Yeah, a little Jewish kid down the street is going to spend eternity in hell. You say, yeah, but he’s my friend. I know.
It’s just the which is why a lot of these really fundamental is religion. Say, no, he’s not your friend. And we don’t we don’t even associate with those people. We’d live in a community where everybody around us is the same. We go to school where everybody or we homeschool to protect you from that. You don’t get to watch television. I mean, the Mormon Church has that to some extent. I remember growing up you couldn’t watch, like, movies that were rated more than PG 13 for that very reason. I don’t think there’s so much to insulate you from other ideas, but it was kind of like for some reason, thank fuck was immoral. And that religion, which I’ve never really understood.
No. I mean, a lot of I was amazed I went to what was a Captain America yesterday. There’s an incredible level of violence. And yet it’s p.g. Yeah. Because I guess, you know, very, you know, a booby and nobody says fuck. Exactly. It is quite weird. Did you break with the church have anything to do with being exposed to people who weren’t Mormon? I mean, sometimes that’s a catalyst, either a traveling or just knowing people who are outside of that sphere of influence and going, well, hang on, there are a whole lot of sets of beliefs in the world. This isn’t the only one.
Yeah. I mean, most of my friends weren’t Mormon. I didn’t really spend that much time with people in the church. Most my friends were Christian, though, because I did grow up in the Dallas Fort Worth area where everybody is Christian. And up until that point, I hadn’t really done much traveling except in Texas to visit family most. My family was actually Catholic outside of my nuclear family. What did you make of them? They were like lazy Catholics, so they just seemed like normal people to me. It was weird, though, when my grandpa died and I was older by this point, so I was already an atheist. But that Catholic funeral was weird, like the deep. You only really see the deep kind of Catholic tradition at things like weddings and funerals. But I remember it was deeply sad and it was deeply uncomfortable, like my grandmother. Obviously, she was having a hard day and it was like, go pay your respects, but it is an open casket. And I was like, it’s weird. I don’t want to do it.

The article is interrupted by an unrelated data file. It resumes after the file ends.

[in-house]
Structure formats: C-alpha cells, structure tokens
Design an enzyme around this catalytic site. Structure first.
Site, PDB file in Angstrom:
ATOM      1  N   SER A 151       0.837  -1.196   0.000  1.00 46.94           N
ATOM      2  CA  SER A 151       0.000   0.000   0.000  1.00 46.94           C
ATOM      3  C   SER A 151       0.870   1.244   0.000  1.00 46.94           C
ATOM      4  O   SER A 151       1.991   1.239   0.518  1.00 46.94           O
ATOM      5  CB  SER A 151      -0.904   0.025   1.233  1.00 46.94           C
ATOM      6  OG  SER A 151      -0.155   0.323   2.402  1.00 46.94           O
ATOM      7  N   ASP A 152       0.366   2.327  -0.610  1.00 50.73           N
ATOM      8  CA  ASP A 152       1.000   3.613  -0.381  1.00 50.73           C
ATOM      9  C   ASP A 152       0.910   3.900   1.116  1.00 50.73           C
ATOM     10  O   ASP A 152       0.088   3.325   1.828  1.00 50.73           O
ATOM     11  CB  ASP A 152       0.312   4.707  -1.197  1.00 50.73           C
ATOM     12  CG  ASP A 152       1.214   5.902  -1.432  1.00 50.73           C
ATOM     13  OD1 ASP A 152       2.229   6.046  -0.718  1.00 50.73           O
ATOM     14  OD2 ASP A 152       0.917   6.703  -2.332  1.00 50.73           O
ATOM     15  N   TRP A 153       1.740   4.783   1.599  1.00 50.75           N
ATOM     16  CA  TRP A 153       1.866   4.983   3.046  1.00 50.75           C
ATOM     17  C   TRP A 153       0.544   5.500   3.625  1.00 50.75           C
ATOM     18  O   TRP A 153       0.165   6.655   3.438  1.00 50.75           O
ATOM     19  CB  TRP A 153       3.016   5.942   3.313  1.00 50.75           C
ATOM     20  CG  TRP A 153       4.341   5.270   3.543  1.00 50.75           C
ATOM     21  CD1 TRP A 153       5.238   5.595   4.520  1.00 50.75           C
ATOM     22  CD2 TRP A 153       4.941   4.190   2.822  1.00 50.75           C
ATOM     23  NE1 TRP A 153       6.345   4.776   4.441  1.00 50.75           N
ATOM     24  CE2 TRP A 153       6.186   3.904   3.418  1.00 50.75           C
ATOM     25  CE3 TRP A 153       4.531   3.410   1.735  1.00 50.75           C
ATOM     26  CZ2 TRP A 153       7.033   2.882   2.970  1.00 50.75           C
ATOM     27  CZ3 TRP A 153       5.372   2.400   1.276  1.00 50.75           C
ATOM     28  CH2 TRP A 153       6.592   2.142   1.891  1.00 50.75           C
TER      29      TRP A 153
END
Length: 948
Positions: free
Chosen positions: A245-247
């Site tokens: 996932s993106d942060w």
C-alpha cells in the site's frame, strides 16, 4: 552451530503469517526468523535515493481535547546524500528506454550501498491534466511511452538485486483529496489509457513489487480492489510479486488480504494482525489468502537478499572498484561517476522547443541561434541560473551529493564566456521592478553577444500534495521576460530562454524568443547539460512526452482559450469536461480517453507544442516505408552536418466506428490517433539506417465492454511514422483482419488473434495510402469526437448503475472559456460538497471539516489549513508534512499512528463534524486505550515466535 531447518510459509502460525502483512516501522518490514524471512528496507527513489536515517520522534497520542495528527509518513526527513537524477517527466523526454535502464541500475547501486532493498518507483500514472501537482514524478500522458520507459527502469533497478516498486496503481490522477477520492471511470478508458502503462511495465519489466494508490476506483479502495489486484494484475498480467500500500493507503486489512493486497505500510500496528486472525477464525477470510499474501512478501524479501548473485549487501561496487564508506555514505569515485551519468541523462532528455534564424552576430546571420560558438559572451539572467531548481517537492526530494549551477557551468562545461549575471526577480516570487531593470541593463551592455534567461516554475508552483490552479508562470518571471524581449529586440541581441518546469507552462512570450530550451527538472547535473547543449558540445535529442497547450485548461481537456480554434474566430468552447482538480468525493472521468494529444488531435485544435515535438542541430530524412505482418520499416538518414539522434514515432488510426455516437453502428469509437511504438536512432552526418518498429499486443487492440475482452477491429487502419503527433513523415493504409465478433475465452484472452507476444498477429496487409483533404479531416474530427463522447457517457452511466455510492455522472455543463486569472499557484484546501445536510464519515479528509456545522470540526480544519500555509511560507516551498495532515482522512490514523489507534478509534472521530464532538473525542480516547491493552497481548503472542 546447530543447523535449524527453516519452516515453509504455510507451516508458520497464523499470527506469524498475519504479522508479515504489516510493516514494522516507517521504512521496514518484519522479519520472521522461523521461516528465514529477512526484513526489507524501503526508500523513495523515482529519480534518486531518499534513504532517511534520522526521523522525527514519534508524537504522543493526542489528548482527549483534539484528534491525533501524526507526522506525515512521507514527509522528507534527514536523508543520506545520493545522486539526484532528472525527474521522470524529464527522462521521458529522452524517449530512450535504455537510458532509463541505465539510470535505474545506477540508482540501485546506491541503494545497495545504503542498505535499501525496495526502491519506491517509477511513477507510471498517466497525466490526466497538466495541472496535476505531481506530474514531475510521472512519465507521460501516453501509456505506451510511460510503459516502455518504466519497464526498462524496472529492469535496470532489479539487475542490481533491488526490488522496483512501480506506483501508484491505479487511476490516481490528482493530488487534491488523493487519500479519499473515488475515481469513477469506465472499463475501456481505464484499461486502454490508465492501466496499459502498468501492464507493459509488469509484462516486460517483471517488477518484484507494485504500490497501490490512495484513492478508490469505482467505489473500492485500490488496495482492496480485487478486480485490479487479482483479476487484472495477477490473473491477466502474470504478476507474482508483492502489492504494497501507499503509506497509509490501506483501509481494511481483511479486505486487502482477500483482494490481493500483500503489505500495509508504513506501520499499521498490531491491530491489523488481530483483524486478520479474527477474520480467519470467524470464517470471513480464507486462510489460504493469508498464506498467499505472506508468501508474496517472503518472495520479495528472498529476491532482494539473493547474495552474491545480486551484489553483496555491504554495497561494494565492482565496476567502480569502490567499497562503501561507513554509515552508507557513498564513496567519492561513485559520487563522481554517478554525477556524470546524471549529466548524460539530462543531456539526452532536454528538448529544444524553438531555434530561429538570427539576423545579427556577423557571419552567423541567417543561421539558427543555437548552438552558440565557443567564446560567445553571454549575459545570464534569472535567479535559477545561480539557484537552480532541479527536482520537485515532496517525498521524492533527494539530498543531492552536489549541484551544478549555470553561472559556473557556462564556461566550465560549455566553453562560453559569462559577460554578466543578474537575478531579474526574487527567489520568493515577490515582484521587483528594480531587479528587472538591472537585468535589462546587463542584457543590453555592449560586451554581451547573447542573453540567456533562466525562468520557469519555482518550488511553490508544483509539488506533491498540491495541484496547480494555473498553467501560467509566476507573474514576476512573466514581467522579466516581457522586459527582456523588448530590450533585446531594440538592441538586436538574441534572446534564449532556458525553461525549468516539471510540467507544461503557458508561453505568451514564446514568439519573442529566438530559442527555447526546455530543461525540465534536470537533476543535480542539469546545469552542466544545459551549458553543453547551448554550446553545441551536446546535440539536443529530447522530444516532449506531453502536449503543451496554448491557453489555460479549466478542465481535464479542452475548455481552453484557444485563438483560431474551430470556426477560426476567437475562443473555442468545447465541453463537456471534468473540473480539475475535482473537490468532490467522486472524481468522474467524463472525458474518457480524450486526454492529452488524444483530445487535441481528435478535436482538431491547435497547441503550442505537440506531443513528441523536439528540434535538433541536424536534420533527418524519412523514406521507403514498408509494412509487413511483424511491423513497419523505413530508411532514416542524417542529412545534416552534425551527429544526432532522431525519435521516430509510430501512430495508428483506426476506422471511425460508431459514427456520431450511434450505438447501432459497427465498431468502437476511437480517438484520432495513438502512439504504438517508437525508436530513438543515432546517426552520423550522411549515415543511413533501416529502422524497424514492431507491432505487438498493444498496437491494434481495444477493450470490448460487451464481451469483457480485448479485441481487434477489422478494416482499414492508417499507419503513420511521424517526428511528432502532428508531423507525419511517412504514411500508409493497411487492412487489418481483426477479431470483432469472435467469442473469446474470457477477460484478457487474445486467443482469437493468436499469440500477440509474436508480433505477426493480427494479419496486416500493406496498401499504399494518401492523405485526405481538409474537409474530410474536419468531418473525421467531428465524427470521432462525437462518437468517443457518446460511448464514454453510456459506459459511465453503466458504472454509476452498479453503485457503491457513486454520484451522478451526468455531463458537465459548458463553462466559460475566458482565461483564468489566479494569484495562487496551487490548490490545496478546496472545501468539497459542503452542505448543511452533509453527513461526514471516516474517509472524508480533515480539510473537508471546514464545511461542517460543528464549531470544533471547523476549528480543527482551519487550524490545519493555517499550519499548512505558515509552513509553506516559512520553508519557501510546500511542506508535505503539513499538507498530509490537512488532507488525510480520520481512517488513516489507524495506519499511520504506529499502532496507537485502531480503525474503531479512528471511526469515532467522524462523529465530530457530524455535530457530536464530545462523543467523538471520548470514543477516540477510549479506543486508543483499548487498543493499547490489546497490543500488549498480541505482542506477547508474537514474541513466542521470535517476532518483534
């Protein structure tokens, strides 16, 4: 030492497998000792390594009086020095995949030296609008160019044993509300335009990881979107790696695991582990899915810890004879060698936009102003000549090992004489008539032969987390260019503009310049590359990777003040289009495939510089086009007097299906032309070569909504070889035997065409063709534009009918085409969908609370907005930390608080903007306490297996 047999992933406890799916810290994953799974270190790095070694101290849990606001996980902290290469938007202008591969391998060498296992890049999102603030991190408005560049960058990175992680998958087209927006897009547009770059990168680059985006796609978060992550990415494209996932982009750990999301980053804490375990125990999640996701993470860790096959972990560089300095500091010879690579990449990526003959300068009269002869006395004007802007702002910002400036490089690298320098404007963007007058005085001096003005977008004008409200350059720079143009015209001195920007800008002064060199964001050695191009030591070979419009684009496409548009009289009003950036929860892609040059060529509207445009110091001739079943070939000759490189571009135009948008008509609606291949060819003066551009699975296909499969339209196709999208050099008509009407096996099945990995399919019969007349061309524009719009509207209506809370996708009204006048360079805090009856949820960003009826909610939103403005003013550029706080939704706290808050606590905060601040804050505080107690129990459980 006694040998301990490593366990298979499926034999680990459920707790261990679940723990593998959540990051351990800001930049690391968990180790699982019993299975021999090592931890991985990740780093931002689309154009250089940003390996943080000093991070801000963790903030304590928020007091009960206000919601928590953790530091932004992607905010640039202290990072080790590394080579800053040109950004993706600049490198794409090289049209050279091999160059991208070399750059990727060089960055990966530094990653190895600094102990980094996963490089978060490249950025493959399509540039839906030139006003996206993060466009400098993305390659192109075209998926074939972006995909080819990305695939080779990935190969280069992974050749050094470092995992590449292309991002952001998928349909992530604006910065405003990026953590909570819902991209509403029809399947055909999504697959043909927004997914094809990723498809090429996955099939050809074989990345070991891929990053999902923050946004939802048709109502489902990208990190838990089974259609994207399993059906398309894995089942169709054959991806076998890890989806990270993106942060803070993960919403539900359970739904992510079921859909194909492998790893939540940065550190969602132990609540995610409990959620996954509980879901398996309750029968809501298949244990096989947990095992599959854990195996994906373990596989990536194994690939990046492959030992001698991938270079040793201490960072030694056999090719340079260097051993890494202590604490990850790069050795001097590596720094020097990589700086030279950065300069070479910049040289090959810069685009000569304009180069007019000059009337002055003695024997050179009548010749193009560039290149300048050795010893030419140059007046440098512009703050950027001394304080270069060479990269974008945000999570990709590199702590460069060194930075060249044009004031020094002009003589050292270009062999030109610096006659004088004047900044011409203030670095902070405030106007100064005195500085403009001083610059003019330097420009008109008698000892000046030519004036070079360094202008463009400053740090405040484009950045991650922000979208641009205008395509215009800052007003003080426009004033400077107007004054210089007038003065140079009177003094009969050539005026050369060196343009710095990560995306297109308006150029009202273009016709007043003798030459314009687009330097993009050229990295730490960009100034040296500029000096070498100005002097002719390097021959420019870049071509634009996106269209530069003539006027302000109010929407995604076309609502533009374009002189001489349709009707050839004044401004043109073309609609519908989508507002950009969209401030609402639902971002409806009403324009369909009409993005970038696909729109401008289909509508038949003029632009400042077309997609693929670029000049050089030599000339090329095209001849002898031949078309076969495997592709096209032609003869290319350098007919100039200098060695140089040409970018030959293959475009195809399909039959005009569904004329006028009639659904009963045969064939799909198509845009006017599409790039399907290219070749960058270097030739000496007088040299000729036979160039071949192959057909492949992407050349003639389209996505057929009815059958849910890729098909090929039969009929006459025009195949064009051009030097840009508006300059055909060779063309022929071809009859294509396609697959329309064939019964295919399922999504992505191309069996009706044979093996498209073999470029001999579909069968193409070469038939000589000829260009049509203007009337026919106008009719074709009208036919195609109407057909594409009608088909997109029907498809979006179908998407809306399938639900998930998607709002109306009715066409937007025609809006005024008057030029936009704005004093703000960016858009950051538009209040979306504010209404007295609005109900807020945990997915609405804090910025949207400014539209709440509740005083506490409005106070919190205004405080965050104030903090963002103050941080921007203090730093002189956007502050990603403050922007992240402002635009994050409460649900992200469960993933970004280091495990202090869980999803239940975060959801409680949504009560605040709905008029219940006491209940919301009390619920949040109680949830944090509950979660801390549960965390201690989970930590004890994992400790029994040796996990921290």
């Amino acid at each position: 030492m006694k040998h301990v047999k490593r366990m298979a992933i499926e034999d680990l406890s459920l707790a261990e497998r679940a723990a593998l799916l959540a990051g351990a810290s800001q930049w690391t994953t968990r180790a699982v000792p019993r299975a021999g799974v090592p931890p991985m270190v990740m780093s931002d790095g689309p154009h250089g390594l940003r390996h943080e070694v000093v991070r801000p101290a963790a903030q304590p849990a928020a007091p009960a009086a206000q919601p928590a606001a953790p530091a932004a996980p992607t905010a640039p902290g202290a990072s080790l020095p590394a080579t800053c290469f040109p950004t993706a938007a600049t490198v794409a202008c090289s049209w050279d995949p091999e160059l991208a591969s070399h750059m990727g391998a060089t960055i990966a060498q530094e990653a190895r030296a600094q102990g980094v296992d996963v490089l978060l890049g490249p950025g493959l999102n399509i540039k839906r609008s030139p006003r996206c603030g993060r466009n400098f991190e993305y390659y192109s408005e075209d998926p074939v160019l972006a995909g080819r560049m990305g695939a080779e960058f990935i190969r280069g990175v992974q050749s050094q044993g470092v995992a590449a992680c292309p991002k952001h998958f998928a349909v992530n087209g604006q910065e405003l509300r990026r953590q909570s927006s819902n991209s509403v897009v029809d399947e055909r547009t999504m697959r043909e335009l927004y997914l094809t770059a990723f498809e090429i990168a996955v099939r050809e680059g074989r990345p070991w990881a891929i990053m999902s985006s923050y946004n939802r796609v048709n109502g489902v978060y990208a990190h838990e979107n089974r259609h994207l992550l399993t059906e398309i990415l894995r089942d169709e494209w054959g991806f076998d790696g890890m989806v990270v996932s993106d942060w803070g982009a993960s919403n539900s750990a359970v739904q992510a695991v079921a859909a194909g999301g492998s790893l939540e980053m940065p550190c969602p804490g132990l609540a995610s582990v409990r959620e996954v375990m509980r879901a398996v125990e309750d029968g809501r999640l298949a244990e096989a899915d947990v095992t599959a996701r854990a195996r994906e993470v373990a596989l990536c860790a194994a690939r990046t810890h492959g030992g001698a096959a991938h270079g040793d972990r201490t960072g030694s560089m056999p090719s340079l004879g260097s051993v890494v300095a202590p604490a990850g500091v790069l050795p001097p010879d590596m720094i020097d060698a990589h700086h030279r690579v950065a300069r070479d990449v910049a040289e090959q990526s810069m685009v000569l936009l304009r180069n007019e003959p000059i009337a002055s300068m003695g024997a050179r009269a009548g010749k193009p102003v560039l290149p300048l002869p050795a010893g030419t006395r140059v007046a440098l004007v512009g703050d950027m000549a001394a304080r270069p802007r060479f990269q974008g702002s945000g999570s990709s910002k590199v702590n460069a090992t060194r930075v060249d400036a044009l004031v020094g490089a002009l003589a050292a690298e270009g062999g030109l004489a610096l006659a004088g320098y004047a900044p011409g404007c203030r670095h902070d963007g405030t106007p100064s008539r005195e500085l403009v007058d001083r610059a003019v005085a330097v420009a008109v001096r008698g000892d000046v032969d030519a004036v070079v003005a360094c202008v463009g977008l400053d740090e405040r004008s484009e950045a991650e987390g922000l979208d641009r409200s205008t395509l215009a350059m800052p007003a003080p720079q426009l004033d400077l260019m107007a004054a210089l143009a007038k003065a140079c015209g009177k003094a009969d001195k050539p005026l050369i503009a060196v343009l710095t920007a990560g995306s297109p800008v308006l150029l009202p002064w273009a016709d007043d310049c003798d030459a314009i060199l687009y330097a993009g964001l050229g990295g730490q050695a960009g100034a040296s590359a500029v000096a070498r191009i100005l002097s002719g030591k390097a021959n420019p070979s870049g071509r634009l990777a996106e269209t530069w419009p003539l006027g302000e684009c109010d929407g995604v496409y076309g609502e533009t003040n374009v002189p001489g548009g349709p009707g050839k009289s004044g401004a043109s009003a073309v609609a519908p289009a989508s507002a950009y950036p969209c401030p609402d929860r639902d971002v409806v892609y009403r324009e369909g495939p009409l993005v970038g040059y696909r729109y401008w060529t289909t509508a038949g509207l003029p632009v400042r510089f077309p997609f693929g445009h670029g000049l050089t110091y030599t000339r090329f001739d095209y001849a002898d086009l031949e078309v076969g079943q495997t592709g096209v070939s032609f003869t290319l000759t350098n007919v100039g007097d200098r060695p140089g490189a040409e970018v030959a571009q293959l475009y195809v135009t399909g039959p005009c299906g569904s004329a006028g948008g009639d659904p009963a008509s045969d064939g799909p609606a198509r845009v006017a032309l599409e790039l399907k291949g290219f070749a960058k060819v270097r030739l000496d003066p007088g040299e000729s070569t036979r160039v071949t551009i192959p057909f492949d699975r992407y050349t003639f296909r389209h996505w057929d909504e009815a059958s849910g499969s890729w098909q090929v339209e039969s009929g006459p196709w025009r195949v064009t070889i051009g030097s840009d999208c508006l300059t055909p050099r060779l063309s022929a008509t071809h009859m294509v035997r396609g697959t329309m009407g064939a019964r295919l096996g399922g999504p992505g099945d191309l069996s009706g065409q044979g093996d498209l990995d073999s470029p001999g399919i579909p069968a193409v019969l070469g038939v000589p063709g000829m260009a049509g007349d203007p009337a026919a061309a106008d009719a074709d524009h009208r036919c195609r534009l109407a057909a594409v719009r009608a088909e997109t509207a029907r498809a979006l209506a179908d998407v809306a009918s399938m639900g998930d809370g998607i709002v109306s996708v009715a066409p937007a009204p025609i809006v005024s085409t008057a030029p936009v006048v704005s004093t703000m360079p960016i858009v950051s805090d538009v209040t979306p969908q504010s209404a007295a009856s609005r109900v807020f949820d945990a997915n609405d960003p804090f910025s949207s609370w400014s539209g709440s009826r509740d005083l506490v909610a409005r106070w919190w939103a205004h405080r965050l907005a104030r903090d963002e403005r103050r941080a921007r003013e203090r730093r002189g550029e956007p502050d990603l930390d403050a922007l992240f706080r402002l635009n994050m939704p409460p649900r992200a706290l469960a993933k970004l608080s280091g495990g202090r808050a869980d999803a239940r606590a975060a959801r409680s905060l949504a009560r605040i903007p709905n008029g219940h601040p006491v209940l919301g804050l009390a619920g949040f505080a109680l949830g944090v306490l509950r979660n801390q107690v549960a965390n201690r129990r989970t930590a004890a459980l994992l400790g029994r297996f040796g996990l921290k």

It felt like, OK, Grandma, I’m sorry. I look at the corpse. It’s like very strange.
But yeah, I mean, I wasn’t really exposed to that. And, you know, a lot of people ask me too, like, did the science come first? And it didn’t. I lost my faith. If you want to call it that, long before I found science.
So for me, I think that I am somebody who naturally and something of an evidence based thinker or I think we all are. To be honest. But I just didn’t ignore that aspect of myself. I couldn’t I couldn’t get those two things to sit right. I couldn’t get the religion and the idea that my eyes were just open and I was constantly questioning and the answers didn’t make sense. They didn’t seem to fit with with logic and reason. They ultimately for me, I grew out of religion. I just grew out when I was much younger than a lot of other people. Why do you think people don’t?
Why do you think the people who. Who never do. Don’t. And the people who do, too?